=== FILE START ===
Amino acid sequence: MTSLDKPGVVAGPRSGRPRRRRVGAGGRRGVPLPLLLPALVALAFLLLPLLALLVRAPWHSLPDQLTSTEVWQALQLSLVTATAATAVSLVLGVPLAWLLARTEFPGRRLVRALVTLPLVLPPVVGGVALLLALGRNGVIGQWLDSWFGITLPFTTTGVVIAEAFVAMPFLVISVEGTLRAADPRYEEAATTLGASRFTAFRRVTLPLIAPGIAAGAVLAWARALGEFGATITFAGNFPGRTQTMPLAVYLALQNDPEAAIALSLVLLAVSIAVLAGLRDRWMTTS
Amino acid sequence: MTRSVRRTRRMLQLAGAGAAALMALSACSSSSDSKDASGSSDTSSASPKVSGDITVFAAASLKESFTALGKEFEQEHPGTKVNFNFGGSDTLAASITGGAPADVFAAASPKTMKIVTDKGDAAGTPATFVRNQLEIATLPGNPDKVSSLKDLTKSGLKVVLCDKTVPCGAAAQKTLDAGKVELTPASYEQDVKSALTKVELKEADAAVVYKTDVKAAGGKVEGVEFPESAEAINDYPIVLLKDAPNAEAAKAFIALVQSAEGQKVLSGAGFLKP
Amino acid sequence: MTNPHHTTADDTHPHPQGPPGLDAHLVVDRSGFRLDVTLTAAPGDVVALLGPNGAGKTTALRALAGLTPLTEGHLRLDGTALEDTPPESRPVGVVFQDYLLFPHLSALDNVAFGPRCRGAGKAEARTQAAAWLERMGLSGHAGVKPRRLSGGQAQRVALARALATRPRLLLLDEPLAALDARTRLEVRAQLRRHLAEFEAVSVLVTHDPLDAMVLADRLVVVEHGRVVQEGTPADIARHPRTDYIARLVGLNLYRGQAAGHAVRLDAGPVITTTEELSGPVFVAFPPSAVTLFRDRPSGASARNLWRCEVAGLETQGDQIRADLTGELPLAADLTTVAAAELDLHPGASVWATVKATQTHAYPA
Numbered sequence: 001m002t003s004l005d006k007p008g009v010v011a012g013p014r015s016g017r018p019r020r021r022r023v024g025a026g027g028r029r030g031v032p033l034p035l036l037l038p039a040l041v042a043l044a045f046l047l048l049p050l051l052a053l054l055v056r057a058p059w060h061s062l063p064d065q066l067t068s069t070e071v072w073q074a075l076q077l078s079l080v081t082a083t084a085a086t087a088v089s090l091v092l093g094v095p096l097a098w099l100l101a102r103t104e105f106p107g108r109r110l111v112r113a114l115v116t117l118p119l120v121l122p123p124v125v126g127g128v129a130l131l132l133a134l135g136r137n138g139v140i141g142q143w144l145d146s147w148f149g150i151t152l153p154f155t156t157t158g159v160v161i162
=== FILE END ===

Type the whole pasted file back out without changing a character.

Amino acid sequence: MTSLDKPGVVAGPRSGRPRRRRVGAGGRRGVPLPLLLPALVALAFLLLPLLALLVRAPWHSLPDQLTSTEVWQALQLSLVTATAATAVSLVLGVPLAWLLARTEFPGRRLVRALVTLPLVLPPVVGGVALLLALGRNGVIGQWLDSWFGITLPFTTTGVVIAEAFVAMPFLVISVEGTLRAADPRYEEAATTLGASRFTAFRRVTLPLIAPGIAAGAVLAWARALGEFGATITFAGNFPGRTQTMPLAVYLALQNDPEAAIALSLVLLAVSIAVLAGLRDRWMTTS
Amino acid sequence: MTRSVRRTRRMLQLAGAGAAALMALSACSSSSDSKDASGSSDTSSASPKVSGDITVFAAASLKESFTALGKEFEQEHPGTKVNFNFGGSDTLAASITGGAPADVFAAASPKTMKIVTDKGDAAGTPATFVRNQLEIATLPGNPDKVSSLKDLTKSGLKVVLCDKTVPCGAAAQKTLDAGKVELTPASYEQDVKSALTKVELKEADAAVVYKTDVKAAGGKVEGVEFPESAEAINDYPIVLLKDAPNAEAAKAFIALVQSAEGQKVLSGAGFLKP
Amino acid sequence: MTNPHHTTADDTHPHPQGPPGLDAHLVVDRSGFRLDVTLTAAPGDVVALLGPNGAGKTTALRALAGLTPLTEGHLRLDGTALEDTPPESRPVGVVFQDYLLFPHLSALDNVAFGPRCRGAGKAEARTQAAAWLERMGLSGHAGVKPRRLSGGQAQRVALARALATRPRLLLLDEPLAALDARTRLEVRAQLRRHLAEFEAVSVLVTHDPLDAMVLADRLVVVEHGRVVQEGTPADIARHPRTDYIARLVGLNLYRGQAAGHAVRLDAGPVITTTEELSGPVFVAFPPSAVTLFRDRPSGASARNLWRCEVAGLETQGDQIRADLTGELPLAADLTTVAAAELDLHPGASVWATVKATQTHAYPA
Numbered sequence: 001m002t003s004l005d006k007p008g009v010v011a012g013p014r015s016g017r018p019r020r021r022r023v024g025a026g027g028r029r030g031v032p033l034p035l036l037l038p039a040l041v042a043l044a045f046l047l048l049p050l051l052a053l054l055v056r057a058p059w060h061s062l063p064d065q066l067t068s069t070e071v072w073q074a075l076q077l078s079l080v081t082a083t084a085a086t087a088v089s090l091v092l093g094v095p096l097a098w099l100l101a102r103t104e105f106p107g108r109r110l111v112r113a114l115v116t117l118p119l120v121l122p123p124v125v126g127g128v129a130l131l132l133a134l135g136r137n138g139v140i141g142q143w144l145d146s147w148f149g150i151t152l153p154f155t156t157t158g159v160v161i162